All of it brings about a Zen like state of mind and body that in this particular discipline must remain the same and static while allowing for movement and proper adjustments to throw properly, accurately and successfully. 

Examples: When I assume my stance and position my feet then root to the oche line any changes no matter how minute will change the flight pattern of the dart. If the foot shits; if the knee bends slightly more; if one slouches vs. standing tall with a straight spine - spinal alignment changes; if the shoulders shift; if the arm cants a degree or so in either direction; if the fingers grip at a different spot on the dart shaft; if your focus is wider than that of the actual intended target; if your mind shifts from the moment to some distracting thoughts; if you hesitate once the throw begins; if your aim point shifts forward or backward away from your, mine is the release point as an aiming point, aim point; if your hand shifts left or right especially if that is not a natural position for the hand; if your free floating fingers move; if your head turns or tilts changing the aiming perspective to the intended target and so on.

All of this is what makes serious dart arts - seriously complex and the goal is to find your darts and then condition that process so that procedural memory along with proper physiokinetics can create and adhere to a “Primal Conditioned Response or Action” that is the dart throw. Minute changes anywhere effect how that dart flies so awareness and attentive focus on assuring your darts and the processes involved don’t change - except when changes are necessary to throw your darts.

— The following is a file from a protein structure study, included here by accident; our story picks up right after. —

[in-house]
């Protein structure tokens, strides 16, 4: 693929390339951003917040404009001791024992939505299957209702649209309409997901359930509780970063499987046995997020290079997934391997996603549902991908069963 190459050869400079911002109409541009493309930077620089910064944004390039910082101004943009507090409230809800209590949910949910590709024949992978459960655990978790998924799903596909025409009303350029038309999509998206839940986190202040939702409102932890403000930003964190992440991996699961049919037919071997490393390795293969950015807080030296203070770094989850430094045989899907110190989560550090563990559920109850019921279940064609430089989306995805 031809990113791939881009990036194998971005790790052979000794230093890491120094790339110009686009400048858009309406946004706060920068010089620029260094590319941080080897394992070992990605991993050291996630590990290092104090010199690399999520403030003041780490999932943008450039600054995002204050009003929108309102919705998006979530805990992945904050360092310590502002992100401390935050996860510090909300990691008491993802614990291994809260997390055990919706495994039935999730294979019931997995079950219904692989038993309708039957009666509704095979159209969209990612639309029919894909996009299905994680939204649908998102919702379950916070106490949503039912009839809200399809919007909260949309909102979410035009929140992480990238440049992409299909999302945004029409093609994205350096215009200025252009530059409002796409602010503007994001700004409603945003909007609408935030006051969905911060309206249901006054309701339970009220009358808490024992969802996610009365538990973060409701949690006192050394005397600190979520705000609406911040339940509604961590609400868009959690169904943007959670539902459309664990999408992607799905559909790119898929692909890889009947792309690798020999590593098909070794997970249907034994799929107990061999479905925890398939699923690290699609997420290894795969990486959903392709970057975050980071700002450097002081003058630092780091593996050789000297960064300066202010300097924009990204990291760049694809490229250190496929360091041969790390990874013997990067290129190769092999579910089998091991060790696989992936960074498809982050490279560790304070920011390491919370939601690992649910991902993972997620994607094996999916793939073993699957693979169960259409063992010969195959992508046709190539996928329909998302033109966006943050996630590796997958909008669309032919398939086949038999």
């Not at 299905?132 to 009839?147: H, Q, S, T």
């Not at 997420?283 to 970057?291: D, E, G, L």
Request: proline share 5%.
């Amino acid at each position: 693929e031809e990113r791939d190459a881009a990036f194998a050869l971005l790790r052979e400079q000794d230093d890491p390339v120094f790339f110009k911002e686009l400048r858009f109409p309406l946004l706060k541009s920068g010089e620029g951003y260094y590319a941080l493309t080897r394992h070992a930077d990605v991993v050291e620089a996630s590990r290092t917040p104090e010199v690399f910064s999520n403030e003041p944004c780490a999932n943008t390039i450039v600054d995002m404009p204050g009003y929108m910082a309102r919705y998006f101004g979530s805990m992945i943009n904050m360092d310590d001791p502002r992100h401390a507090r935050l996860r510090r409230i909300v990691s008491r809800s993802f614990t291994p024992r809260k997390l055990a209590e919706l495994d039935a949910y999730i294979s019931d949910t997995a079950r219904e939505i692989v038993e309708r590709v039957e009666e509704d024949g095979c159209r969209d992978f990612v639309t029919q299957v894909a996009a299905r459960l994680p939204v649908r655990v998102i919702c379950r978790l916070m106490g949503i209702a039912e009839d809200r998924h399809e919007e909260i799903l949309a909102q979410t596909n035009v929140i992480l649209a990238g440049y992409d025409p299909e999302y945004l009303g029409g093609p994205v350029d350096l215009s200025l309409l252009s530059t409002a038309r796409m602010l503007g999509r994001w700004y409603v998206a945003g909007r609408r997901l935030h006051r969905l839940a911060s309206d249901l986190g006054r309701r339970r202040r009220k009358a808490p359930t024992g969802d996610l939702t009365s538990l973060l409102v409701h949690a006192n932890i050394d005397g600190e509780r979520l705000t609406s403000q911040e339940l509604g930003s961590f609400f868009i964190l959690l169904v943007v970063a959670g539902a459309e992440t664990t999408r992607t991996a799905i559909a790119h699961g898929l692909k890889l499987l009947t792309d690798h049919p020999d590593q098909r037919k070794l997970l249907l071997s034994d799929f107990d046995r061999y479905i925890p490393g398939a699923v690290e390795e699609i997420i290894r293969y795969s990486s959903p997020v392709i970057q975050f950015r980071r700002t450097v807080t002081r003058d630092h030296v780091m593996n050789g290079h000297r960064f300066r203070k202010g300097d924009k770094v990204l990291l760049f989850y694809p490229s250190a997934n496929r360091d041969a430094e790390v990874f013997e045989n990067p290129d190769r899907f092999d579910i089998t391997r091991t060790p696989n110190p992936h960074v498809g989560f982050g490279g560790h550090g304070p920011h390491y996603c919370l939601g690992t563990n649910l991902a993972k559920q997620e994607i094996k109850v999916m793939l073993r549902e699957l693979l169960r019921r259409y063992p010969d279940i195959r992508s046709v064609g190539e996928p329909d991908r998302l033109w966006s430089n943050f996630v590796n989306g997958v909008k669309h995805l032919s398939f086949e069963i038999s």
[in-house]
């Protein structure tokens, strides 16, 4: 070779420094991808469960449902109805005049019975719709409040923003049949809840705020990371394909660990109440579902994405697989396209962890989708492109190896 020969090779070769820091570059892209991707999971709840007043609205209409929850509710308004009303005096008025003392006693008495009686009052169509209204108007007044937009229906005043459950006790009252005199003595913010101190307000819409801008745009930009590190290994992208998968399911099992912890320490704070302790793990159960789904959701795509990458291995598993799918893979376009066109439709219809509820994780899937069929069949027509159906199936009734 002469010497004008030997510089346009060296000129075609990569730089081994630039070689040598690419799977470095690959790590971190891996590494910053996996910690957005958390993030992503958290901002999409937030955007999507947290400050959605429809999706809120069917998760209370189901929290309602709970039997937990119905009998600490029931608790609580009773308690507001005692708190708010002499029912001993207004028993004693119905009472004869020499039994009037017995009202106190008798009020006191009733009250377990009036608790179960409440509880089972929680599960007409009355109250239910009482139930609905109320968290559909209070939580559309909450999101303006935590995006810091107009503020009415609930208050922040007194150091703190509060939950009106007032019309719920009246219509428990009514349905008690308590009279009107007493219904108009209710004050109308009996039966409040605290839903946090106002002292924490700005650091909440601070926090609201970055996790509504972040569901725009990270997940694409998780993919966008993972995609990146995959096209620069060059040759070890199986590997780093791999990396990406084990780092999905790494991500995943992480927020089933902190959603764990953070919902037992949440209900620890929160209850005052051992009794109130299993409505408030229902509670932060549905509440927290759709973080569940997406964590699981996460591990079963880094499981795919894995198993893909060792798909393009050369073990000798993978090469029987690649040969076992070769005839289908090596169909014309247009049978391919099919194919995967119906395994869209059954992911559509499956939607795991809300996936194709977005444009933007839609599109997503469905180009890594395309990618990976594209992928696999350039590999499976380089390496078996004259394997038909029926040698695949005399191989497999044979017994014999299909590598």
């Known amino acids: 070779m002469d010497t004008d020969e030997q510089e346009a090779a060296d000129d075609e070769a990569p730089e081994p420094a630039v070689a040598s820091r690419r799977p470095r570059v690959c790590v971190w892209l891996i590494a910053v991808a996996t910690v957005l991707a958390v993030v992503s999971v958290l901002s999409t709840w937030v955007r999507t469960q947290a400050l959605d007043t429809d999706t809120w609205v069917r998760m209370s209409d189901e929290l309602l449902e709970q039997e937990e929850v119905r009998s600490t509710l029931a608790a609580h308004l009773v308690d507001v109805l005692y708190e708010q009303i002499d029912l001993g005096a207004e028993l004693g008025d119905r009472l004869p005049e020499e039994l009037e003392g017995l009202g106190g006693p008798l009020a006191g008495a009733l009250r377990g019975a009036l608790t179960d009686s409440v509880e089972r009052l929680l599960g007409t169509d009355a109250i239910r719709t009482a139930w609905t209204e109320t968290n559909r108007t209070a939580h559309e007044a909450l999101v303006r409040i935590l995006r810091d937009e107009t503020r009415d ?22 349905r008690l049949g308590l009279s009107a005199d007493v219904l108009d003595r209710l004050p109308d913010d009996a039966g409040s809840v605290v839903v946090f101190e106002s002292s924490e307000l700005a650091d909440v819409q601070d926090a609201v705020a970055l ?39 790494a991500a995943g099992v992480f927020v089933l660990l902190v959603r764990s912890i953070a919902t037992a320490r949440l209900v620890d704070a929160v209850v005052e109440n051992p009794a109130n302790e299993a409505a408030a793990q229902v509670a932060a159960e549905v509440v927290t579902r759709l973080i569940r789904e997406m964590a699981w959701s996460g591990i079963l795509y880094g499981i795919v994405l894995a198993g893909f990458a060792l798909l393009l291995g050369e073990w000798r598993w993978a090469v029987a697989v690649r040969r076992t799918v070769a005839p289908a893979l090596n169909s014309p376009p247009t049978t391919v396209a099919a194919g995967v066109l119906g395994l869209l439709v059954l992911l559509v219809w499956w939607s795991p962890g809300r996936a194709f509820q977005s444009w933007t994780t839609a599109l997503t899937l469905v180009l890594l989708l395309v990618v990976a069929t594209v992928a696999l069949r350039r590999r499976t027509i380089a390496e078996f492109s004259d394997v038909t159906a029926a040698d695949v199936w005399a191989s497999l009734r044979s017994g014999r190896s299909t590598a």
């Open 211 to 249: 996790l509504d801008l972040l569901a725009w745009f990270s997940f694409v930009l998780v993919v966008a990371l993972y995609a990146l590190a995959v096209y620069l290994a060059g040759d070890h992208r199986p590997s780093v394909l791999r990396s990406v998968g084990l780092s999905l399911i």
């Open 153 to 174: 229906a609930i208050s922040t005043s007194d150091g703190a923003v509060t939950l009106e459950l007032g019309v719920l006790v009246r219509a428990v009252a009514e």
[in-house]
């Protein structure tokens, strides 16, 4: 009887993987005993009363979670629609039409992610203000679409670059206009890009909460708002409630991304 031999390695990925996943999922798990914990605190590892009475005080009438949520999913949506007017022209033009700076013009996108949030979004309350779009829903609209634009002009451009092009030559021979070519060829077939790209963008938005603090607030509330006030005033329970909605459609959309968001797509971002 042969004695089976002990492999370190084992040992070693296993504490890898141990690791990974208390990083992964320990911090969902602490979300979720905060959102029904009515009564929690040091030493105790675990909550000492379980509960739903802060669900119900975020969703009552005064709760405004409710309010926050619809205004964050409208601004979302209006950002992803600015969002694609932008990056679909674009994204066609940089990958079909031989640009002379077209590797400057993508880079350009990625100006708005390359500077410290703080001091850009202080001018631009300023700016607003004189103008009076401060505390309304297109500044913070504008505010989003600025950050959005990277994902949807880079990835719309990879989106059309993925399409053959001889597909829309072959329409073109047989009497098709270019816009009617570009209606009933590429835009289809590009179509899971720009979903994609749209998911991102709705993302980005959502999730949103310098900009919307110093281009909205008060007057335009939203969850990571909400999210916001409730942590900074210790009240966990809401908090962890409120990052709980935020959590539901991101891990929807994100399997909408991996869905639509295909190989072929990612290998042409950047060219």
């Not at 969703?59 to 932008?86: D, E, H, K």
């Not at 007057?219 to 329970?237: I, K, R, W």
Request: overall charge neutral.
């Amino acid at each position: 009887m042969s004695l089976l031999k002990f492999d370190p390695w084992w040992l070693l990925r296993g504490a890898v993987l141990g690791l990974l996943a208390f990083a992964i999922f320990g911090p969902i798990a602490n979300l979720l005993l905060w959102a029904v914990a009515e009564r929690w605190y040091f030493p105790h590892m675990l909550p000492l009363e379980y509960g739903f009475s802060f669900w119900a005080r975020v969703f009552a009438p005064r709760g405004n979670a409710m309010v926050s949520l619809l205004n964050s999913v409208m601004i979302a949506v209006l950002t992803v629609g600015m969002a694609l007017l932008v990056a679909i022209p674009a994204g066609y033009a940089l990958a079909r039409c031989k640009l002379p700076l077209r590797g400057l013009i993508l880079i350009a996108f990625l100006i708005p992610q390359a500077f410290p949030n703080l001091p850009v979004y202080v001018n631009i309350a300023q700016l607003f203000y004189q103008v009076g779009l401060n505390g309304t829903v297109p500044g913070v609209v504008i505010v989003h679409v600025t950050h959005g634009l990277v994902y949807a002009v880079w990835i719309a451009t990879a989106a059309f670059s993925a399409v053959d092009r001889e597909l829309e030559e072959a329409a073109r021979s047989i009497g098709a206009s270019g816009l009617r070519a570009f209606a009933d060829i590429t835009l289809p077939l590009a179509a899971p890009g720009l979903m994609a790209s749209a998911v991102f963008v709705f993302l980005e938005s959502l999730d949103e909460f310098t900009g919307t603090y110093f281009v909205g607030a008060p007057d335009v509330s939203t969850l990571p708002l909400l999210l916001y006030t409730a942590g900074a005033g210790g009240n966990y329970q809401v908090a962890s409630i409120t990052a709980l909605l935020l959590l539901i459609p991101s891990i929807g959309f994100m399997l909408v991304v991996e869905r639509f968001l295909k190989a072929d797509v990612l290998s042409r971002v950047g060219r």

When are they necessary, when you need to make minute changes in your stance, posture and throw to change the destination of a dart to hit the intended target, i.e., move the back leg to zero in; move along the oche line and assume the dart position to put the dart around obstacles on the board to hit the intended target and so on. 

When I am asked about darts the person asking if not a darter will wonder why it is a difficult discipline especially when the see the distance from the oche line to the board. It is not perceivable because the distance and other perceptions of those who have not throw darts perceive it as, “Not that difficult.” In reality, the dart arts has a complexity and discipline that matches, in my view, other disciplines like martial arts or any other sport like football or golf.